The implications of Natural Language Processing (NLP)
Natural Language Processing (NLP) is a branch of artificial intelligence that helps computers understand, interpret, and manipulate human language. Basically, it allows people who are not programmers to ‘talk’ to computers. So far, it has given us spam filters, autocorrect and spellcheck, text-to-speech, online translators like Google Translate, AI assistants like Siri, and many more cool things.
On the surface level, it is quite obvious that NLP has made our lives much easier in some areas. Sorting through all the spam alone would be a terrible chore, and our emails and text messages would be less coherent and perhaps, riddled with typos! However, there are other implications, and ways NLP has influenced our life, that we may not all be aware of. Implications, that are both positive and negative.
To find out more about what NLP is, how it works, and what its applications are, check out Part 1 and Part 2 of this article.
In this article, we will take a look at two ways Natural Language Processing (NLP) is significantly influencing the world.
Natural Language Processing and Healthcare
Most of us are aware of the every-day applications of NLP. After all, we all use computers and smartphones! If you’ve ever sent a text or used email, you have come across some form of Natural Language Processing. However, NLP is used in many industries, and one of the areas we can all benefit from it, is healthcare.
The use of Natural Language Processing in healthcare is increasing because it allows doctors to search, analyse, and interpret the huge amounts of ever increasing patient data. It provides an opportunity to get relevant insights and concepts from data that was previously considered buried in text form; to structure the previously unstructured information, resulting in improved methods and better results for patients.
Here are some of the implications of NLP algorithms used in healthcare:
- NLP extracts and interprets clinical notes accurately
- It can increase patient awareness, health literacy, and involvement
- It can handle the ever-increasing patient data with ease
- Medical professionals can make real-time records
- It can improve care coordination, taking into account multiple factors
As a result, doctors can spend more time with their patients and, in general, provide better healthcare.
Natural Language Processing and Translation
One of the most common uses of Natural Language Processing today is machine translation. Tools like Google Translate and DeepL can translate not only words and phrases, but full sentences and even large texts.
These tools are constantly developing and have become quite good over the years. If the translation is: (1) Between two fairly similar languages — such as English and Dutch, or Italian and Spanish, and (2) Quite simple, that is to say, it doesn’t involve complex structures or highly specific terms — the result will likely be quite accurate, with just a few minor errors.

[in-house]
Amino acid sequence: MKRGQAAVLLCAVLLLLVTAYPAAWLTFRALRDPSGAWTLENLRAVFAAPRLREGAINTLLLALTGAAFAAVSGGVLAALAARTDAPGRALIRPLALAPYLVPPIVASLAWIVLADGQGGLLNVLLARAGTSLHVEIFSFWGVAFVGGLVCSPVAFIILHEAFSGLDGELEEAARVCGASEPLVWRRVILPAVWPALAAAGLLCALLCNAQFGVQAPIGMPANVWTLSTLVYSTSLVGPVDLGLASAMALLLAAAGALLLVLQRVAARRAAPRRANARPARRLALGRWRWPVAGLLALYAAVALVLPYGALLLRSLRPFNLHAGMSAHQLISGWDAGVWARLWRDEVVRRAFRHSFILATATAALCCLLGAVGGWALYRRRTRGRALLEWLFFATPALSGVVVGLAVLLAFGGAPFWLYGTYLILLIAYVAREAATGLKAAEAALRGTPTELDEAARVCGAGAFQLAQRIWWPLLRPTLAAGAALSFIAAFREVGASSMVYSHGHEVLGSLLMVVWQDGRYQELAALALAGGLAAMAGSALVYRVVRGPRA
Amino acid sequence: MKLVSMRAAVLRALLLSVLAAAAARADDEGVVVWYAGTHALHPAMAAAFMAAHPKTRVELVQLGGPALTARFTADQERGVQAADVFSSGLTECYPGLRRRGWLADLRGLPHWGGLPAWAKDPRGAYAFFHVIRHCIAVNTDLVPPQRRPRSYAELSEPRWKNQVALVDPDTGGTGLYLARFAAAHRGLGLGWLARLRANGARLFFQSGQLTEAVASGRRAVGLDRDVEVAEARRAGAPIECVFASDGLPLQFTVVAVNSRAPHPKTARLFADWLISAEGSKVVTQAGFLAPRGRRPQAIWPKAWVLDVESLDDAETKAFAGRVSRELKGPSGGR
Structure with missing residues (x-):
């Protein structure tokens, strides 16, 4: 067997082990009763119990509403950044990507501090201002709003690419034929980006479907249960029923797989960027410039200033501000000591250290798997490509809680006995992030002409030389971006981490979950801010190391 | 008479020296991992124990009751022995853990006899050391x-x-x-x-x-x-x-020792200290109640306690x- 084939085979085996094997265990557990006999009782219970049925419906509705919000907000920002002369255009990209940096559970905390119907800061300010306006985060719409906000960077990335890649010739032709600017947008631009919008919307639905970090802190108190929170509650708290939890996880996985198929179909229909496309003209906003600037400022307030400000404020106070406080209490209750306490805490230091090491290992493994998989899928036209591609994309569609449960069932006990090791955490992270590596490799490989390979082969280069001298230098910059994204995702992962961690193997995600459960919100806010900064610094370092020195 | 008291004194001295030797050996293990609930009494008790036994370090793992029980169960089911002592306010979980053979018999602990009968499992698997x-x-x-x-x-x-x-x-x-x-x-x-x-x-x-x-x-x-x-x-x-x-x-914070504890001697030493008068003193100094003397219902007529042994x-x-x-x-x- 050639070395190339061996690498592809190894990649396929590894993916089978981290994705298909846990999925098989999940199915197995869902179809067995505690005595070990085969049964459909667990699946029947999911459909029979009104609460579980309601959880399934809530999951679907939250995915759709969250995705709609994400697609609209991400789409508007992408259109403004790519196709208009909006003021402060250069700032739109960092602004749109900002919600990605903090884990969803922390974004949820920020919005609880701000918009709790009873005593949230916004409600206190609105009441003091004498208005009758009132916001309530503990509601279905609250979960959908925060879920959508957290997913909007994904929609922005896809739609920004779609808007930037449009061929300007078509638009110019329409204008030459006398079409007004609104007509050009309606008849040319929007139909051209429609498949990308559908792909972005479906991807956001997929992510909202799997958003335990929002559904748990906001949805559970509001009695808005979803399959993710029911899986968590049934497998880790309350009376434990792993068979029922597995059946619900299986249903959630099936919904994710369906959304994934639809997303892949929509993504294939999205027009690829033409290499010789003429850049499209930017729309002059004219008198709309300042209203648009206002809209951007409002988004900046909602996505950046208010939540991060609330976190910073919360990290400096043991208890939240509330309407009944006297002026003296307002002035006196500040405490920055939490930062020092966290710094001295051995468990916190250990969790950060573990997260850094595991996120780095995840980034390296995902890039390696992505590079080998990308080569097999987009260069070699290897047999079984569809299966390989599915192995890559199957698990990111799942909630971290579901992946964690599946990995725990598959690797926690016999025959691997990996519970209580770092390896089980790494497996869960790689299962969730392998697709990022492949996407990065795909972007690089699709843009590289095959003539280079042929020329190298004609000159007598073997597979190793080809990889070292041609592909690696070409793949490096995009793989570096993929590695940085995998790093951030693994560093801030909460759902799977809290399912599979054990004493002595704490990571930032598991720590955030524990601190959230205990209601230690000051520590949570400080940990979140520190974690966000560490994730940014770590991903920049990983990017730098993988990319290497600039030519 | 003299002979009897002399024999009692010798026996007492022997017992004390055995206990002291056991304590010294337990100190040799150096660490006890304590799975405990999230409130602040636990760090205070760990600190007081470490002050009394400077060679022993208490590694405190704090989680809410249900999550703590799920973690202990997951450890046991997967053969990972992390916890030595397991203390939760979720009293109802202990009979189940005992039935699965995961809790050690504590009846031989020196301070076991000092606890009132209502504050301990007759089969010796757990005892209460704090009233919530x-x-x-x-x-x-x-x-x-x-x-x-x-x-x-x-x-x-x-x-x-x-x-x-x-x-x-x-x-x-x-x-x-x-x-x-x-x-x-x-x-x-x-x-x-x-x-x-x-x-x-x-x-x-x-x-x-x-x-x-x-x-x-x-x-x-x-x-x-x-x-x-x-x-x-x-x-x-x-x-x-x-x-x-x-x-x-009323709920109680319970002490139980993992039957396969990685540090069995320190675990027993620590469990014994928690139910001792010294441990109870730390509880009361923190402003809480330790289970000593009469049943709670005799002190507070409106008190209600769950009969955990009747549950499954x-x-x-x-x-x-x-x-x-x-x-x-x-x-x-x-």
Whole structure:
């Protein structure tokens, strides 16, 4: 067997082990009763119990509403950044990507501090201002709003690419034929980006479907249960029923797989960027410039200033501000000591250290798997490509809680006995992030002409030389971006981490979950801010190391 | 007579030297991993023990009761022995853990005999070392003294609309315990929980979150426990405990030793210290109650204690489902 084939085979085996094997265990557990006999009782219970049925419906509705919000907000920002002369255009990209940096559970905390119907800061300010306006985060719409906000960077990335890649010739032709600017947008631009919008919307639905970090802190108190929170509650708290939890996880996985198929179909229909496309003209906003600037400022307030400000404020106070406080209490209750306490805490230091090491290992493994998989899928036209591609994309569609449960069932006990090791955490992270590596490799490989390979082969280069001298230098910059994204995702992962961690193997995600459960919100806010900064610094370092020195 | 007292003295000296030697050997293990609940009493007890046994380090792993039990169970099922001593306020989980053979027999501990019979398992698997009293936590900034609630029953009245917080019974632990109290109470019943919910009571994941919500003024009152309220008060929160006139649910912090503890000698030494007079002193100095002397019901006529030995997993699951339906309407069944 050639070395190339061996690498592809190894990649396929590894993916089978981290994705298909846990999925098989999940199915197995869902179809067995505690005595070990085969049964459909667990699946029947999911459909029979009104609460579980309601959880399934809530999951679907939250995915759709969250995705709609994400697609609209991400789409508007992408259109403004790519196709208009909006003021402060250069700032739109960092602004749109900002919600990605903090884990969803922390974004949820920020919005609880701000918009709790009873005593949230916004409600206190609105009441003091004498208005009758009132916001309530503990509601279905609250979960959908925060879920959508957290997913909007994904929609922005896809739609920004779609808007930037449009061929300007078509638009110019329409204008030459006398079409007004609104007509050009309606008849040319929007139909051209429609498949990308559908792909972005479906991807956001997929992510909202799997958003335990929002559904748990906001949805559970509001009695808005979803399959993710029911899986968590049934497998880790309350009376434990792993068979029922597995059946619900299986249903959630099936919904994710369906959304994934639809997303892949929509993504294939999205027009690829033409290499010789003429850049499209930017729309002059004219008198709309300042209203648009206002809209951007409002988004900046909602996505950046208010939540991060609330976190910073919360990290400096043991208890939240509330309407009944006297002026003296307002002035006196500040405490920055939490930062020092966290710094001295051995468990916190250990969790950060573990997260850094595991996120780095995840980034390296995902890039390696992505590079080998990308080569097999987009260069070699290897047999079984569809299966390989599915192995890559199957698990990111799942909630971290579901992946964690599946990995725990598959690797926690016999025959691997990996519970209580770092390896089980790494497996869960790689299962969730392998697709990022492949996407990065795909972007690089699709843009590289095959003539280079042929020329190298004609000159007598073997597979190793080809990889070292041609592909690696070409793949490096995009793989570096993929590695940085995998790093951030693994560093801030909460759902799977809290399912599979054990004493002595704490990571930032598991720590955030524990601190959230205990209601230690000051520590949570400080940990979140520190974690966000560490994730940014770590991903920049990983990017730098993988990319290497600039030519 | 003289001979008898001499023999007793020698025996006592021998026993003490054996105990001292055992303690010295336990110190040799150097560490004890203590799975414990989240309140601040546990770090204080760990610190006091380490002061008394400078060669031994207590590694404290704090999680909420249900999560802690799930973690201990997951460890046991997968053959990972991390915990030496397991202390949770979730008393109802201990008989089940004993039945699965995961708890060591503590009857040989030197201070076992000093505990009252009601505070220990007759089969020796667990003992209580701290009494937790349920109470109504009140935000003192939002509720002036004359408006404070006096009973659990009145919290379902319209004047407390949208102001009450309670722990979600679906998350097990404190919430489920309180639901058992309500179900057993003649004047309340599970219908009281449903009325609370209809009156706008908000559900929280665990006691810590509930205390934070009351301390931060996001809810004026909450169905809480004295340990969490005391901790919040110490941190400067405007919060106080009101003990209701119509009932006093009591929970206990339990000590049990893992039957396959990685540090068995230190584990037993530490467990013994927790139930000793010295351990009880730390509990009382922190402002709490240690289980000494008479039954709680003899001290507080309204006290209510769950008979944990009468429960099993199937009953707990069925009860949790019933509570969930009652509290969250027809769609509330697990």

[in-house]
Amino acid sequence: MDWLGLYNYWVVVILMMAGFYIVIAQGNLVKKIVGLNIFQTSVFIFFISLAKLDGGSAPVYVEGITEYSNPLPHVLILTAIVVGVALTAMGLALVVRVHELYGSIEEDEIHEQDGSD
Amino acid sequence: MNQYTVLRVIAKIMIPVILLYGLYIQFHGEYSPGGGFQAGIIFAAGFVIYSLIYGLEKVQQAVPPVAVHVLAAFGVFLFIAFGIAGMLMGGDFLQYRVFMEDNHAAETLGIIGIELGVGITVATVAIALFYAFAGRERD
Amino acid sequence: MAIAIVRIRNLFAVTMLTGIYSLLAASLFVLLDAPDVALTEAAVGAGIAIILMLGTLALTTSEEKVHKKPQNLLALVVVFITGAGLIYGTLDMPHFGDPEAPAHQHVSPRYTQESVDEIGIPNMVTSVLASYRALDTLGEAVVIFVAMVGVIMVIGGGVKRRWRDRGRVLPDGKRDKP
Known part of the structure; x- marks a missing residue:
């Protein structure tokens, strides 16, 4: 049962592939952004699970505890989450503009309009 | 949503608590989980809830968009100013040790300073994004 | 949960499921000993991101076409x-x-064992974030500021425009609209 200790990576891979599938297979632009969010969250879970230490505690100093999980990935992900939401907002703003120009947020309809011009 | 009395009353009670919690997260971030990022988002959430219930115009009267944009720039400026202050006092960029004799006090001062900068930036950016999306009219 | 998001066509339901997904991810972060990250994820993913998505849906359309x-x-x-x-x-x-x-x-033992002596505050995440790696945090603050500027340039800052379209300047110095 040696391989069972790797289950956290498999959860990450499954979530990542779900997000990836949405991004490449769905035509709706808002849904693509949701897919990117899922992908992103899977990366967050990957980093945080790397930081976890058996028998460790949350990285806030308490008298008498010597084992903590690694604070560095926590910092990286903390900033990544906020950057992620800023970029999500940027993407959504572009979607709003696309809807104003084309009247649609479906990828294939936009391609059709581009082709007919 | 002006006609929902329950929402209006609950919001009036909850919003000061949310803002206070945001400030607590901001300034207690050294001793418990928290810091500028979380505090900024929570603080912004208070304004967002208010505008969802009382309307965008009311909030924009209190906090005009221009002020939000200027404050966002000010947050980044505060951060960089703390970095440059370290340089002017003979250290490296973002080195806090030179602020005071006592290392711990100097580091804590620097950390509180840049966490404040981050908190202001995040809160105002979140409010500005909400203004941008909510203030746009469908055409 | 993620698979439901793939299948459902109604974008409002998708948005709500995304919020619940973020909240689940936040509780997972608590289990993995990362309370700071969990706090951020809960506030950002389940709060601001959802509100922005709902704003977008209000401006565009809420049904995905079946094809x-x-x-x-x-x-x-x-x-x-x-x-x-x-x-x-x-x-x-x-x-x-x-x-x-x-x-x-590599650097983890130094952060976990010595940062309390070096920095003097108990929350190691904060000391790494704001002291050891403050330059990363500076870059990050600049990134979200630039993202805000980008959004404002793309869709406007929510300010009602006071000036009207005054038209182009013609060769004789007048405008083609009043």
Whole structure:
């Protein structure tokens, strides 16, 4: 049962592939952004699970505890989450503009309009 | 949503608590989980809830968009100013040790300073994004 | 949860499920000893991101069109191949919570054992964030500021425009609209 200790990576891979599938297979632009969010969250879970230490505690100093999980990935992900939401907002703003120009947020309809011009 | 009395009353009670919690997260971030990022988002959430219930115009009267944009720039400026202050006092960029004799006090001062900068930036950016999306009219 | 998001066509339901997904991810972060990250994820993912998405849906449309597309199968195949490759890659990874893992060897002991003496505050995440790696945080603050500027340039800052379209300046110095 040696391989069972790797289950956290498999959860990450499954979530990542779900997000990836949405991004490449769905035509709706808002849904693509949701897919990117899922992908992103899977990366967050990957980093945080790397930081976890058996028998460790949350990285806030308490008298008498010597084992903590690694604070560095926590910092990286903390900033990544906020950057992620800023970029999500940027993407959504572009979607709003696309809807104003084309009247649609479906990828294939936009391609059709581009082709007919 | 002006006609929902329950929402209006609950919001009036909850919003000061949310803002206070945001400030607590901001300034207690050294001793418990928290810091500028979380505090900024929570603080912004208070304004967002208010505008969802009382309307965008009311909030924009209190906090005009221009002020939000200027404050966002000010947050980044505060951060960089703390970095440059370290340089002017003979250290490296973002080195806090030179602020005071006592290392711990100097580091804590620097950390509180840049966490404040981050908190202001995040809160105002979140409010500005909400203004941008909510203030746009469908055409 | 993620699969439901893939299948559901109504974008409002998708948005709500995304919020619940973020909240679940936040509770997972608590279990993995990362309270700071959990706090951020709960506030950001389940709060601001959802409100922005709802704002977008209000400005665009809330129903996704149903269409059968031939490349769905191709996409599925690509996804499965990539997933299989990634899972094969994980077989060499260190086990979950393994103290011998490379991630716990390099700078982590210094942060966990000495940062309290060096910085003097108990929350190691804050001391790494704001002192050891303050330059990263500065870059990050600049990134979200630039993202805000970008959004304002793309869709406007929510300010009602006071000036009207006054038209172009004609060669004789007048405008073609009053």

There are many situations nowadays when people prefer to use machine translation instead of hiring an experienced translator. For instance, if you want to translate an article or some other resource for your personal use, a machine translation is a quick and cheap way to do it. As, in this case, the accuracy of the translation is not too important. Using machine translation, you can easily send a message to a foreign friend, or an informal business email to a foreign client.
Does this mean that translators will soon be obsolete?
Of course not! There are still many things that machine translation can’t do — and are unlikely to learn in the near future. Generally, a machine can translate what is there: the text itself. But human speech is rarely just textual information — there are emotions involved, cultural and historical references, allusions. Unlike a computer, a human translator can understand their audience, their preferences, sensitivities they may have — such as taboo words or topics. Humans also have a much better understanding of nuance and tone, such things as subtext or sarcasm. Humans can better translate slang, colloquialisms, and idioms which a machine may not be familiar with.
Some translation is going to become automated, there is no way around it. However, a human can still translate with much higher accuracy than a machine, regarding both verbal and non-verbal elements. This, of course, is essential in such spheres as legal, financial, medical, and many more.